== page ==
A federal appeals court has given Mayor Rahm Emanuel the green light to save $27 million in 2015 by forging ahead with a three-year phase-out of the city’s 55-percent city subsidy for retiree health care.
In July, the Illinois Supreme Court ruled that subsidized health care premiums for state employees are protected under the state Constitution and that the Illinois General Assembly was “precluded from diminishing or impairing” that benefit.
Attorneys representing the city’s 28,000 retirees and their dependents argued that the high court ruling “substantially increased” their chances of prevailing on the merits.
They wanted the 7th Circuit U.S. Court of Appeals to force Emanuel to roll back their monthly health insurance premiums to 2013 levels.
That’s when Emanuel announced plans to phase out the 55-percent subsidy by January 2017 — but continue that coverage for the 5,500 oldest retirees — and force the younger retirees to make the switch to Obamacare.
Earlier this week, the request for a preliminary injunction was denied. That means retirees must bear the brunt of huge increases in their monthly health insurance premiums–anywhere from 30 percent to 79 percent, according to their attorney Clinton Krislov—until the appeals court decides the retirees’ lawsuit, probably in mid-2015.
“We’re very disappointed that the court chose to make the retirees bear the cost of these increases during the period of the litigation when, in the past, state courts had stayed any changes while the litigation is pending,” Krislov said Thursday.
“These are good claims that retirees are entitled to lifetime health care they were promised. We showed a sufficient amount to justify holding everything in a freeze until the matter is resolved.”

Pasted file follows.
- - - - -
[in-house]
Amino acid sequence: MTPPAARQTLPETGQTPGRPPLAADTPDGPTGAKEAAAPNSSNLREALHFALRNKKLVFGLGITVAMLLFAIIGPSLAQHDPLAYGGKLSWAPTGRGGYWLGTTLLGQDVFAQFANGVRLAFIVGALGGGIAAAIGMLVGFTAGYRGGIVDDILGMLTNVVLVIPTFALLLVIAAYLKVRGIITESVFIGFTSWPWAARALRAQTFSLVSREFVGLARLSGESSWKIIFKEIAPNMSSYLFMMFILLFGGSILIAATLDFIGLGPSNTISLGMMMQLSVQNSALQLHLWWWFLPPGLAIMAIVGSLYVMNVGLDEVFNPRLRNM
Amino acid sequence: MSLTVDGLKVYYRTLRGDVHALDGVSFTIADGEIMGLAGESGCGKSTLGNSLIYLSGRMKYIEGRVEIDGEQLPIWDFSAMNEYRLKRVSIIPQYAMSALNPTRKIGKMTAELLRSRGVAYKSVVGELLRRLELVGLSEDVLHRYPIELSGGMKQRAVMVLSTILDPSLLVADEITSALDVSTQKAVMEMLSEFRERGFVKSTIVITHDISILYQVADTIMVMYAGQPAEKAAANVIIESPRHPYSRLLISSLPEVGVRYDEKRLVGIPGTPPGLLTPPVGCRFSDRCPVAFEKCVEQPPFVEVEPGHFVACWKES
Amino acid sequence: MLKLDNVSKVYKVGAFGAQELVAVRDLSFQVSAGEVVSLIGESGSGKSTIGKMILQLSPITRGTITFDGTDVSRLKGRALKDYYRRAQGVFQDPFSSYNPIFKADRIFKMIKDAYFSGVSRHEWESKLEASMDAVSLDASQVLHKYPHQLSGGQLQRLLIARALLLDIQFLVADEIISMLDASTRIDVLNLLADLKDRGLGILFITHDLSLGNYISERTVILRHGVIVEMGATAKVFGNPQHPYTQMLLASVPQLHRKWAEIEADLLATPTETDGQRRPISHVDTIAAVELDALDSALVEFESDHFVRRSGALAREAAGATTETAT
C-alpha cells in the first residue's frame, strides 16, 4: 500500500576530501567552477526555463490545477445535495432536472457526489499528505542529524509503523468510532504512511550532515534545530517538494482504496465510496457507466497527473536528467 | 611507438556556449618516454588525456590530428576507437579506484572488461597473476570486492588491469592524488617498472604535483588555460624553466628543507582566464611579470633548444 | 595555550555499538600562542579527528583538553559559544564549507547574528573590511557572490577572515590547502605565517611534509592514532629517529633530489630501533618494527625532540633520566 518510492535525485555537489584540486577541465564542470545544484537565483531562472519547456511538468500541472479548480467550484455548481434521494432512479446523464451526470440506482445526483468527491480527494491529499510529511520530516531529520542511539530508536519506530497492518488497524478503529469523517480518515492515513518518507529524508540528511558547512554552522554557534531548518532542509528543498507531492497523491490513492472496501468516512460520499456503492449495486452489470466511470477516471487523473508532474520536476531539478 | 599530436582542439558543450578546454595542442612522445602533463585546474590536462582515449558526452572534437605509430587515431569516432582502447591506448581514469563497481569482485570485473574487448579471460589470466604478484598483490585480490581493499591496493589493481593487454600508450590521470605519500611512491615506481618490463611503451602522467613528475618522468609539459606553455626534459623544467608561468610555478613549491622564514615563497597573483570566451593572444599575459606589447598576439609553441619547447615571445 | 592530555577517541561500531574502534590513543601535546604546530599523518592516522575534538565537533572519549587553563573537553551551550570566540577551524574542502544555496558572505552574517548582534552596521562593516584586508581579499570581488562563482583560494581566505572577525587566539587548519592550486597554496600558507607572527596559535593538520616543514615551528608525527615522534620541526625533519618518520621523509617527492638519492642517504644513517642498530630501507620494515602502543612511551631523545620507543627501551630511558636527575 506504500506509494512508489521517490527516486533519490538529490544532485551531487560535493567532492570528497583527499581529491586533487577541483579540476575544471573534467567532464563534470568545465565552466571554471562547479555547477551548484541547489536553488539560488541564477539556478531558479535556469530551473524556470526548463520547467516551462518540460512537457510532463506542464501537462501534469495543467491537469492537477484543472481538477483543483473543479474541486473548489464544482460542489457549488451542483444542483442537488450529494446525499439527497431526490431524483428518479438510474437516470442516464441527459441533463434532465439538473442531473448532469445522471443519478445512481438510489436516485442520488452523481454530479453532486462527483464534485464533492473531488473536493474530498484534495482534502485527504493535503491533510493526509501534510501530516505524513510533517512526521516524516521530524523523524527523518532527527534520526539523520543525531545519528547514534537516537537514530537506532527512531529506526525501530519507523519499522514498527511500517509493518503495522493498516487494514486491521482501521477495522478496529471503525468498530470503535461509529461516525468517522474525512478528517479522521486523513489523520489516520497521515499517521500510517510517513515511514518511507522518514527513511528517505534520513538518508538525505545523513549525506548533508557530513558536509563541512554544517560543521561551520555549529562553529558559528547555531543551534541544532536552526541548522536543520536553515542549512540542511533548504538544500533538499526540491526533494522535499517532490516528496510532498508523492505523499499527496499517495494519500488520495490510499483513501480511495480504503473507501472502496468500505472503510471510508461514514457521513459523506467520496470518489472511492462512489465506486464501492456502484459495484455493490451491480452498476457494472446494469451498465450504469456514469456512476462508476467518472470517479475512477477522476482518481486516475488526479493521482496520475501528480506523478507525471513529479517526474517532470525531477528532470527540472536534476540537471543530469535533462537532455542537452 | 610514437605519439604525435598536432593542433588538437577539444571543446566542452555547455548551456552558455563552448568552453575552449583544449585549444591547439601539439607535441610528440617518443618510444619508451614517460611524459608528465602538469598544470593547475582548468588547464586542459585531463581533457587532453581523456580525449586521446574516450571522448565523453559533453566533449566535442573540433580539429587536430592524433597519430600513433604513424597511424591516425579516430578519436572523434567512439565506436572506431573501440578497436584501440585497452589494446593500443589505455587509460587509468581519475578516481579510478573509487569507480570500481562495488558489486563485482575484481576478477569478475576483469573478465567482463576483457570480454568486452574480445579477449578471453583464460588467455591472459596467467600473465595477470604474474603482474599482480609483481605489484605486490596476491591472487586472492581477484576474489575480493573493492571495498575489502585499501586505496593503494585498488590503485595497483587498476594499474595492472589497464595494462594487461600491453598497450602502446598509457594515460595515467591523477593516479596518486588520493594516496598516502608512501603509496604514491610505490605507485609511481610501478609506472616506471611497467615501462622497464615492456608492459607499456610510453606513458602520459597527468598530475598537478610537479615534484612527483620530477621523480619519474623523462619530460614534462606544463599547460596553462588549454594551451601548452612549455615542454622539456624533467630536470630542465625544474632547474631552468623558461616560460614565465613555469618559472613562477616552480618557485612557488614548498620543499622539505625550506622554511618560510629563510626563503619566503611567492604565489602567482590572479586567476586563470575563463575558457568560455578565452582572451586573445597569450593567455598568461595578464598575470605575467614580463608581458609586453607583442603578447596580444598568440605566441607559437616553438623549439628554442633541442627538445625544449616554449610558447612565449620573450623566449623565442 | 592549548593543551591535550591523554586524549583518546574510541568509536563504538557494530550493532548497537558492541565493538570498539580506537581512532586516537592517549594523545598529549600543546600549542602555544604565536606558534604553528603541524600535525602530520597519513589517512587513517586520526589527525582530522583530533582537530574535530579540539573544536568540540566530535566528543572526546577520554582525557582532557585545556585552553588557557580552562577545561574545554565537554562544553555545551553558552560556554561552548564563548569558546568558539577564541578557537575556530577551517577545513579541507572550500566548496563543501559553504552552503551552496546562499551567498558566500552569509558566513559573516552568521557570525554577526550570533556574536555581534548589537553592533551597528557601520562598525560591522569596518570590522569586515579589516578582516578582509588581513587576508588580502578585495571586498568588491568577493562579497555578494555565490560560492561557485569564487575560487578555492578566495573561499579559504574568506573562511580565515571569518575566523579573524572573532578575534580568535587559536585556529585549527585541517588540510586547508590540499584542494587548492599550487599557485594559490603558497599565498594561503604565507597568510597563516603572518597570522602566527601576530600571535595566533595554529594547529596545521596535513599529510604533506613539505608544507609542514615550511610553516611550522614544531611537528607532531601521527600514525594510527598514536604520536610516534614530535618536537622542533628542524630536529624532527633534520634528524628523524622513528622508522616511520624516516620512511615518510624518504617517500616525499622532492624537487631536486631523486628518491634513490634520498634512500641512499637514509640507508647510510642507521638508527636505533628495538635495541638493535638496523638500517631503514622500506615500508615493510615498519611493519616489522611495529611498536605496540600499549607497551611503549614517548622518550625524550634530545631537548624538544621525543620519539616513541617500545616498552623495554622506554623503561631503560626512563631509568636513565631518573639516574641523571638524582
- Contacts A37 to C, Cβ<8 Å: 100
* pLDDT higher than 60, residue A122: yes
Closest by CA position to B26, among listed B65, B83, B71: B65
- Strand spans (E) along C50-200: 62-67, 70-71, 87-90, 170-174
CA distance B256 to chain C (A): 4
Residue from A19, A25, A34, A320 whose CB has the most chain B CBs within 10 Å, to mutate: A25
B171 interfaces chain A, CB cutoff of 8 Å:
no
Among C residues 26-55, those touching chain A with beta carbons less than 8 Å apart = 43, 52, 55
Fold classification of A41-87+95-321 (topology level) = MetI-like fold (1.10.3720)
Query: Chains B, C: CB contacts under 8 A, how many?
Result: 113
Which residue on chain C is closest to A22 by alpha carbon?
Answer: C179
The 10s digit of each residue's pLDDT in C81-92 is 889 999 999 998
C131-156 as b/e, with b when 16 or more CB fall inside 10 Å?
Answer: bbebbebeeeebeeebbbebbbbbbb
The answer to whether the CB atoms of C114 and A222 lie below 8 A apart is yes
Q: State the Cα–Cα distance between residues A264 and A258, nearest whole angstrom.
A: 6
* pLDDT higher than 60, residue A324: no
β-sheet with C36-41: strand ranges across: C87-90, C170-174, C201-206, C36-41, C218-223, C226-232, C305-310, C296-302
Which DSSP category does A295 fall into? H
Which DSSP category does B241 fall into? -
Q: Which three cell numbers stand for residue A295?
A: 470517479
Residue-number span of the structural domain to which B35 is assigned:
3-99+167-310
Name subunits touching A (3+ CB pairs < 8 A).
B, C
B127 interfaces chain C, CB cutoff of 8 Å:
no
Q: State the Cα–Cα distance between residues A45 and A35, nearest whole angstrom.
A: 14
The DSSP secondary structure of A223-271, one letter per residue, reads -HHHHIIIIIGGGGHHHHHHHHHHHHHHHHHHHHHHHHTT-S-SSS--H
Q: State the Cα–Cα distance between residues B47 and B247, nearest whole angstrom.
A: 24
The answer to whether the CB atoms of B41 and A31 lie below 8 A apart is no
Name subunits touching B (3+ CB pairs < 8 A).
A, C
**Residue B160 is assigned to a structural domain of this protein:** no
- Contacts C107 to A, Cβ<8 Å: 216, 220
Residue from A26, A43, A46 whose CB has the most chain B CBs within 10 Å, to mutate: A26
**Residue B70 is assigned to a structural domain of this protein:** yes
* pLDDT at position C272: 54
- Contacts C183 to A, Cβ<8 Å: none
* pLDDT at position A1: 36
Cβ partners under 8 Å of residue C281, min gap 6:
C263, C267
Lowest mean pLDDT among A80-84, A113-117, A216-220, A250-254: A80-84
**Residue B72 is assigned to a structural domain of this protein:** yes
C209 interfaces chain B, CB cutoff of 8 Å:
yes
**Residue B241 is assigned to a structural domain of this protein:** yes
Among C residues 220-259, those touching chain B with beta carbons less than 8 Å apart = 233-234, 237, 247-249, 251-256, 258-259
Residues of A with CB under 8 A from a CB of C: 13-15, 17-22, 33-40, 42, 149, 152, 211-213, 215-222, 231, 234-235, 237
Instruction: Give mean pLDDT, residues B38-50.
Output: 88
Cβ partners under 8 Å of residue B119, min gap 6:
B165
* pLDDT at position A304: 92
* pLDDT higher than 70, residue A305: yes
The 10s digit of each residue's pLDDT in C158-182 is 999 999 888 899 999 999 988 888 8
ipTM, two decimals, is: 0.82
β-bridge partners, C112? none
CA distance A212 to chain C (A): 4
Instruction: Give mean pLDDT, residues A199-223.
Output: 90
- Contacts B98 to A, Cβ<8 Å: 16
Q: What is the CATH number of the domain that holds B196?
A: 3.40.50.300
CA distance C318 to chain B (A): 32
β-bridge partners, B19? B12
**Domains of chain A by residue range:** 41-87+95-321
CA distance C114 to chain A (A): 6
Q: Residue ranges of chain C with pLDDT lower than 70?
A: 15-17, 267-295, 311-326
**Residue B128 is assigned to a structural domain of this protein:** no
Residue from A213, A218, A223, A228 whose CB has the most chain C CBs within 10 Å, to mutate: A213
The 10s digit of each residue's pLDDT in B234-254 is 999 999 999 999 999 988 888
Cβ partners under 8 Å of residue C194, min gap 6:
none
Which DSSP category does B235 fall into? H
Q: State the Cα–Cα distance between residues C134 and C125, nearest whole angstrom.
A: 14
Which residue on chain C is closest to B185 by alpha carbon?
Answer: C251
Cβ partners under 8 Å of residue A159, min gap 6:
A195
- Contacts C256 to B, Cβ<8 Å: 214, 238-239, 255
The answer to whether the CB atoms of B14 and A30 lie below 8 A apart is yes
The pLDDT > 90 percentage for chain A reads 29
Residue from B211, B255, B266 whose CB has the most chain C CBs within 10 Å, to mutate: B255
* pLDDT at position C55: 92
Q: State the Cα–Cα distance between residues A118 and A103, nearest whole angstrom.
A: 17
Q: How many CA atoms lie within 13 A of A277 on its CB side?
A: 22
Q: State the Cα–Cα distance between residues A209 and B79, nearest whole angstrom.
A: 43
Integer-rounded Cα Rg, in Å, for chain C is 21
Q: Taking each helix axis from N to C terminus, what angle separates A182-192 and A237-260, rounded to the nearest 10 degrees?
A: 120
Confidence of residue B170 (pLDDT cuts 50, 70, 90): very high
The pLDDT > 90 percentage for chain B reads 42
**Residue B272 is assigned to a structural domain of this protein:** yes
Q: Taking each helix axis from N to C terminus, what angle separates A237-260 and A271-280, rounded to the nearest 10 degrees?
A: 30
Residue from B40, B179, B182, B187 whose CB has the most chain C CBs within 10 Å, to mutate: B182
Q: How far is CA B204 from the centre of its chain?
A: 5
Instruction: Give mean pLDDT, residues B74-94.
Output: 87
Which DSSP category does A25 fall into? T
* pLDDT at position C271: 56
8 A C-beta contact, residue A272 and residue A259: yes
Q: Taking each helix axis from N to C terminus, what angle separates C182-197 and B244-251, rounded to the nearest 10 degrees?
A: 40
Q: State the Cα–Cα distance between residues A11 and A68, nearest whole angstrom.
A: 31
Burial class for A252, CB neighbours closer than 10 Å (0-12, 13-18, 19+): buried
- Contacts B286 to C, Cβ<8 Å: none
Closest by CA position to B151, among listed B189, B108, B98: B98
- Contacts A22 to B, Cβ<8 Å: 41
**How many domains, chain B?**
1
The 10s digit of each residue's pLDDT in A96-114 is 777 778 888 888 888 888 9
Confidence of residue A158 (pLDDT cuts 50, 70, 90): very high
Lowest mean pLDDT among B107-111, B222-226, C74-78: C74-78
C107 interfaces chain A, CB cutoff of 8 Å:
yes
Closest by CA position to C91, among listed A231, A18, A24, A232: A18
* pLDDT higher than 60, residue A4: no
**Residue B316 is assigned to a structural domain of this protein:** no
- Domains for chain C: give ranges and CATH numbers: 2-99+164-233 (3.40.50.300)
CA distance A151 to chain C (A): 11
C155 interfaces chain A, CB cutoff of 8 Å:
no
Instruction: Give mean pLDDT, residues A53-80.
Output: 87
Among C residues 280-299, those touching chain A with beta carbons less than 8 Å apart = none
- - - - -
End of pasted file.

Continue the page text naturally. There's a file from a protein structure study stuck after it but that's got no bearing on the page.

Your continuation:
Carl Gutierrez, a spokesman for the city’s Office of Budget and Management, had no immediate comment on this week’s ruling.
Emanuel has maintained that only 25 percent of any increase in monthly premiums would be caused by Year Two of the subsidy phase-out.
He has also argued that retirees have options to not only avoid the latest round of increases, but reduce their monthly premiums. The original deadline for making that pivotal decision was Friday.
Now, the mayor is throwing retirees a bone — by extending the deadline until Oct. 23.
“At the request of retirees, aldermen and our union partners — and in an effort to give retirees time to more fully consider expanded health care options this year — we have extended the enrollment period so they can make an informed decision as to which health care plan is the best fit for them and their families,” Emanuel was quoted as saying.
Krislov sarcastically commended Emanuel for pushing back the “insane and insensitive” Oct. 3 deadline.
“They’re arranging the deck chairs on the Titanic more nicely,” he said.
“It doesn’t deal with the basic problem. But, it gives people a more reasonable time frame to make the selections they shouldn’t be forced into making at all.”